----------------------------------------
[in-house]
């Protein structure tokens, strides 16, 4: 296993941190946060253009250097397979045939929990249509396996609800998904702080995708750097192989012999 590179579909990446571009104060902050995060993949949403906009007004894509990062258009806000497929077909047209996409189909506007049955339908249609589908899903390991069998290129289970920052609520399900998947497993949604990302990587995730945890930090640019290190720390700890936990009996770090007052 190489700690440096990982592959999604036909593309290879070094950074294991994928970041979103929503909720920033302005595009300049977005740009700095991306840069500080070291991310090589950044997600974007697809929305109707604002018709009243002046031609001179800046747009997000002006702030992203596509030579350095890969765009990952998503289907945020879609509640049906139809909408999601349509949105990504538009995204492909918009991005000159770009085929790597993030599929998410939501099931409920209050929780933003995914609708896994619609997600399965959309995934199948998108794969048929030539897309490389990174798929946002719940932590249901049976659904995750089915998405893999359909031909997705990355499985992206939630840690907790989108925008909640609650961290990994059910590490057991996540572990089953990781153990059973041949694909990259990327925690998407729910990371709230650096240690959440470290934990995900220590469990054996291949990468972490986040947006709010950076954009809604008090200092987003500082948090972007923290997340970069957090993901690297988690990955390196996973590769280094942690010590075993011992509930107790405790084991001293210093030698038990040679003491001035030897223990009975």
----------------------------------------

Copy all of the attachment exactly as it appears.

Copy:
[in-house]
């Protein structure tokens, strides 16, 4: 296993941190946060253009250097397979045939929990249509396996609800998904702080995708750097192989012999 590179579909990446571009104060902050995060993949949403906009007004894509990062258009806000497929077909047209996409189909506007049955339908249609589908899903390991069998290129289970920052609520399900998947497993949604990302990587995730945890930090640019290190720390700890936990009996770090007052 190489700690440096990982592959999604036909593309290879070094950074294991994928970041979103929503909720920033302005595009300049977005740009700095991306840069500080070291991310090589950044997600974007697809929305109707604002018709009243002046031609001179800046747009997000002006702030992203596509030579350095890969765009990952998503289907945020879609509640049906139809909408999601349509949105990504538009995204492909918009991005000159770009085929790597993030599929998410939501099931409920209050929780933003995914609708896994619609997600399965959309995934199948998108794969048929030539897309490389990174798929946002719940932590249901049976659904995750089915998405893999359909031909997705990355499985992206939630840690907790989108925008909640609650961290990994059910590490057991996540572990089953990781153990059973041949694909990259990327925690998407729910990371709230650096240690959440470290934990995900220590469990054996291949990468972490986040947006709010950076954009809604008090200092987003500082948090972007923290997340970069957090993901690297988690990955390196996973590769280094942690010590075993011992509930107790405790084991001293210093030698038990040679003491001035030897223990009975």